Children and Funerals

How To Prepare a Child For A Funeral

The death of a close friend or family member is never easy on children and the funeral represents the most difficult period. This is where children need to interact with others – it represents a need for them to both understand what is going on and behave well, despite whatever strong emotions they may be feeling. As such, here are a few tips to keep in mind when preparing a child for such an occasion.

Explaining Death

Explaining the concept of death to a child is a difficult topic in and of itself, and that’s probably why many people think it’s actually inappropriate to take kids to a funeral. How can a child understand seeing someone they knew if they aren’t aware of their death? In the youngest of people, this can lead to a lot of confusion. Even a basic understanding of death will help children understand the funeral. It will also give the event purpose and help kids realize its significance, but the talking needs to happen before the funeral.

Explain The Process

Similarly, you should always explain the process of events to a child before they attend. While they might not understand or appreciate every detail, you need to ensure they understand the vital parts, such as lowering caskets or cremating the body (depending on the nature of the funeral in question). This way, they won’t be surprised when such things occur, allowing the procedure to carry on without children interrupting or asking too many questions. The same can also be said for the funeral etiquette and dress code – let children know in advance, so you don’t upset or surprise them with formal clothing on the day itself.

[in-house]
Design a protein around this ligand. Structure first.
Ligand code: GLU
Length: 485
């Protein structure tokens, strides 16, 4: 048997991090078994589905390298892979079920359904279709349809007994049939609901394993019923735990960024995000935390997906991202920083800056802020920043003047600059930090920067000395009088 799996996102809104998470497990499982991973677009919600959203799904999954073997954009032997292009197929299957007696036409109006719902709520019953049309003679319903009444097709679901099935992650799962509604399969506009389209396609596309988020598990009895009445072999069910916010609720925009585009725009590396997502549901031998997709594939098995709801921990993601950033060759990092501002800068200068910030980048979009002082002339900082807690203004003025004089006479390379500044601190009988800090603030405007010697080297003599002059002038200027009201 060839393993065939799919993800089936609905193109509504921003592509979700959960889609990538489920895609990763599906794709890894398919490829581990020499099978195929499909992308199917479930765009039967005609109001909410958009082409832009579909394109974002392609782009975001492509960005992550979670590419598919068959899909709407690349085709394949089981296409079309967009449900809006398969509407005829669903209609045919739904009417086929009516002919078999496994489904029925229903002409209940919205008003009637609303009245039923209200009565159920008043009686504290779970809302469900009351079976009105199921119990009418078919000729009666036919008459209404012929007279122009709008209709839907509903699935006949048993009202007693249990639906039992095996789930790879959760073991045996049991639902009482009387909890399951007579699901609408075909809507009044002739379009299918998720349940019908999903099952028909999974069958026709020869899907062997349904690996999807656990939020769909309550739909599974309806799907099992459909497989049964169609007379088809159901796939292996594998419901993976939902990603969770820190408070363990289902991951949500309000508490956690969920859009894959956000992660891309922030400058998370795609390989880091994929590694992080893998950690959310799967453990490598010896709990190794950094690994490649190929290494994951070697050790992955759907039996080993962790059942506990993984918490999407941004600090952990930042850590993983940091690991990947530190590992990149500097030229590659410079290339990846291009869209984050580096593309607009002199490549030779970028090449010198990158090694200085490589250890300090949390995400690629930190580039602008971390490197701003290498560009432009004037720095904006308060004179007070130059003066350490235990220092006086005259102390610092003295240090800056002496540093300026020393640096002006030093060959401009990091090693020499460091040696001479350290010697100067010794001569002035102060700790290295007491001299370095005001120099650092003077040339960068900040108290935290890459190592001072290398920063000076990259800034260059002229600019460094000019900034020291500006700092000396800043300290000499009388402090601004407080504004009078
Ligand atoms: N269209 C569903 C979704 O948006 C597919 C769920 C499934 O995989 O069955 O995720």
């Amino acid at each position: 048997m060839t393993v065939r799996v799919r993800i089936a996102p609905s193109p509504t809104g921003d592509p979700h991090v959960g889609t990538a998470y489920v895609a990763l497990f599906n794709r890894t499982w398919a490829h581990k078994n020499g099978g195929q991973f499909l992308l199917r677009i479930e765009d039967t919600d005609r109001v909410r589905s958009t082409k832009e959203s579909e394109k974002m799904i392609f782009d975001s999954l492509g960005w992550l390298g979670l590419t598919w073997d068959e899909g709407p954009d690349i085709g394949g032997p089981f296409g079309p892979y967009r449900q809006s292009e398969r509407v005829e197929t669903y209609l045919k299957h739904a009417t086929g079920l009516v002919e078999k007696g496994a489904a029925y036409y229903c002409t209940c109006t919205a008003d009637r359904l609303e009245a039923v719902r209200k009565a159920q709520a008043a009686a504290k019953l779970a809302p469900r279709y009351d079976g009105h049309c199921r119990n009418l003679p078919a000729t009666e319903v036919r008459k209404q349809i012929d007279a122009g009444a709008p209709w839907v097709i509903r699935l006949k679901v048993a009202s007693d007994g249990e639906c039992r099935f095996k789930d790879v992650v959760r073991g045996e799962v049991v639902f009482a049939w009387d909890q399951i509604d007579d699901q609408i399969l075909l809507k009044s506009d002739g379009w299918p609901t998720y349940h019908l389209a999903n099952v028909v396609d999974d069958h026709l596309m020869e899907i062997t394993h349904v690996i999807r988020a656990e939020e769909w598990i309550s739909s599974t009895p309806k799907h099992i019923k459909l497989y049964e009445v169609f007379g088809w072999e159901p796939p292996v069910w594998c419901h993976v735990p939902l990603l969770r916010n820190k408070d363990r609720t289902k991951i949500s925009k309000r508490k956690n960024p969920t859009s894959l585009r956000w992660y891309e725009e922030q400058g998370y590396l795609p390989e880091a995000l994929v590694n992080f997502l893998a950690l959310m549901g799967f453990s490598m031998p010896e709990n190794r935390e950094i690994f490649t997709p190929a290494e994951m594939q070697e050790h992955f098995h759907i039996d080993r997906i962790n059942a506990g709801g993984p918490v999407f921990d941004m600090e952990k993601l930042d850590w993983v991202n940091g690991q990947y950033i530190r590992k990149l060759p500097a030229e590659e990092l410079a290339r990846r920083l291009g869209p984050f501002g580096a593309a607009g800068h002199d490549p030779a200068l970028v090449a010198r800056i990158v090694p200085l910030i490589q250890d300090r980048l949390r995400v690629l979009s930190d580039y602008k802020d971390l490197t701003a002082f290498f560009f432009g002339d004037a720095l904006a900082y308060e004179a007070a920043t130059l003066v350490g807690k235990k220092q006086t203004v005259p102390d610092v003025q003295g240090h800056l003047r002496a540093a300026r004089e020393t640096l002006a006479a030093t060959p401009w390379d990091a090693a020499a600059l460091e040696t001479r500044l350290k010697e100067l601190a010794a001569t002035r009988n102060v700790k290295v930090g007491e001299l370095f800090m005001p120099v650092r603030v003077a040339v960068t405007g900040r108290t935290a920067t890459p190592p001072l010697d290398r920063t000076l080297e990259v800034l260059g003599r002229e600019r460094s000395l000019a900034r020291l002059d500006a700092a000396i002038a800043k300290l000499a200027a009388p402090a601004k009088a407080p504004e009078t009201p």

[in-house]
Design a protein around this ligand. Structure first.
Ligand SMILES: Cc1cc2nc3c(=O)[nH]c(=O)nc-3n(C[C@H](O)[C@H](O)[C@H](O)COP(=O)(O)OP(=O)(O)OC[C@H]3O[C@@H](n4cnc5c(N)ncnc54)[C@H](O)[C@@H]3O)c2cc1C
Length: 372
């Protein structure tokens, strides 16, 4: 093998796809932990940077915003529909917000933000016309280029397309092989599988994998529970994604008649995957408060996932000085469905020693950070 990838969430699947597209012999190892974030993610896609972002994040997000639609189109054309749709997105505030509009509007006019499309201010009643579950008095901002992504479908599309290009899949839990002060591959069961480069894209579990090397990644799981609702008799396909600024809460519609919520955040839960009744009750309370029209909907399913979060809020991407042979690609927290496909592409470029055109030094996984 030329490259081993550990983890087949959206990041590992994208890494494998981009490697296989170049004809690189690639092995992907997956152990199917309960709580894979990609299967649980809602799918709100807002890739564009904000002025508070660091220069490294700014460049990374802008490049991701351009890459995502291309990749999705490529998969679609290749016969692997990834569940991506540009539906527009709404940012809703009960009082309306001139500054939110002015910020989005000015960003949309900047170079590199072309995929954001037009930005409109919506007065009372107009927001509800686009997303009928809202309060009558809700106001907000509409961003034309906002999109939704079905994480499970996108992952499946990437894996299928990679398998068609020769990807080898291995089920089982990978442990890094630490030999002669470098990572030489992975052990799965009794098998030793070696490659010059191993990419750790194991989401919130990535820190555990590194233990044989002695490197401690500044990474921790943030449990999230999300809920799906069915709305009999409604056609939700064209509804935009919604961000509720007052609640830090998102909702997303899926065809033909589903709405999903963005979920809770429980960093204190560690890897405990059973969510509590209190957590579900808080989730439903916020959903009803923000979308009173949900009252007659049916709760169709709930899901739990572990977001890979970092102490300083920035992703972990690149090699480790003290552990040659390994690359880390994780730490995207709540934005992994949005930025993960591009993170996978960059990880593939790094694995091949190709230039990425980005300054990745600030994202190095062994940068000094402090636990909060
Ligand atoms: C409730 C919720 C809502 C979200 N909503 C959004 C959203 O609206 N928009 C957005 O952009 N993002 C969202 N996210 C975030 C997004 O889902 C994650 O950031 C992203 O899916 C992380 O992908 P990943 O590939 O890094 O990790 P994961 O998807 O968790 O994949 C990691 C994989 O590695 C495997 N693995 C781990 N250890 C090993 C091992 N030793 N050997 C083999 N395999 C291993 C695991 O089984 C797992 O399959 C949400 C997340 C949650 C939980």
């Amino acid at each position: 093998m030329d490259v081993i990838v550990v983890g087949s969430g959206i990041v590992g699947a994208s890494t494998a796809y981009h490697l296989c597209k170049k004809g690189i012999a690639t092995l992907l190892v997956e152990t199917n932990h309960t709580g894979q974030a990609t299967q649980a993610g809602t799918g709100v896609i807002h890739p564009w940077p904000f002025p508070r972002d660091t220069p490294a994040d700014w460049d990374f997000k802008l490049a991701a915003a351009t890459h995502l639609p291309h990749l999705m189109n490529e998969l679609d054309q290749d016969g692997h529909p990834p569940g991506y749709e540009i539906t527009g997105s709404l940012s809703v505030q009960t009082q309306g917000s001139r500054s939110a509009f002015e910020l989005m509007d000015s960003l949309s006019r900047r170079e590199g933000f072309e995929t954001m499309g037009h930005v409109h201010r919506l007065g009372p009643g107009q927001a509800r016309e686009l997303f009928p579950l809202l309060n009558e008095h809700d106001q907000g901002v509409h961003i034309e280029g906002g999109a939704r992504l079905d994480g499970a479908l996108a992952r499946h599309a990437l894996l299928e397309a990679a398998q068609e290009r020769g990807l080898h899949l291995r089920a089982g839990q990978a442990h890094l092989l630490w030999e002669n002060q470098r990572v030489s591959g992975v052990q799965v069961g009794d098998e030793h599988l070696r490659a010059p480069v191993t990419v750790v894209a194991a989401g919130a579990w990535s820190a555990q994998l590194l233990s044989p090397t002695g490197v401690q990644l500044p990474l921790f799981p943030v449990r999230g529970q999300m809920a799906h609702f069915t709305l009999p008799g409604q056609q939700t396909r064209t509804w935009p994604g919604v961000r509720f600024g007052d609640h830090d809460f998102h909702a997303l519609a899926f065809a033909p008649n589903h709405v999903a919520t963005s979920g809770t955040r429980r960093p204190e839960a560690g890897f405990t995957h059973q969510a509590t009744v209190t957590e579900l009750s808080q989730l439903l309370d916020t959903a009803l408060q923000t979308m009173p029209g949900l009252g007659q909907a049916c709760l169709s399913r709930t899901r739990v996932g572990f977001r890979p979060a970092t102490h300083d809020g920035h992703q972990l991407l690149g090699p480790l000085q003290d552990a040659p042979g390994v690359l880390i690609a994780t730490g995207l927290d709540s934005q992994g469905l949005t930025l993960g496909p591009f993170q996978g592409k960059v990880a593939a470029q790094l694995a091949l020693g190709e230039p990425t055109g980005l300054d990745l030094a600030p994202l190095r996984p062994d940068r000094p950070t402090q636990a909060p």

How To Dress A Child

A funeral is one of those occasions where, despite protests, you need to ensure they wear a certain level of formal attire. A young child will likely not understand the need to look smart, so it’s important you take charge of this aspect. The smaller the child is, the less you arguably need to do, as nobody will expect a 2 or 3 year old to arrive in a suit. Still, they should dress in a similar style to adults: formally and with dark colors. For most boys, a white shirt will suffice, although pre-teens and teenagers can also wear a tie or suit. As for girls, a blouse will do, as will black dresses, giving you plenty of options.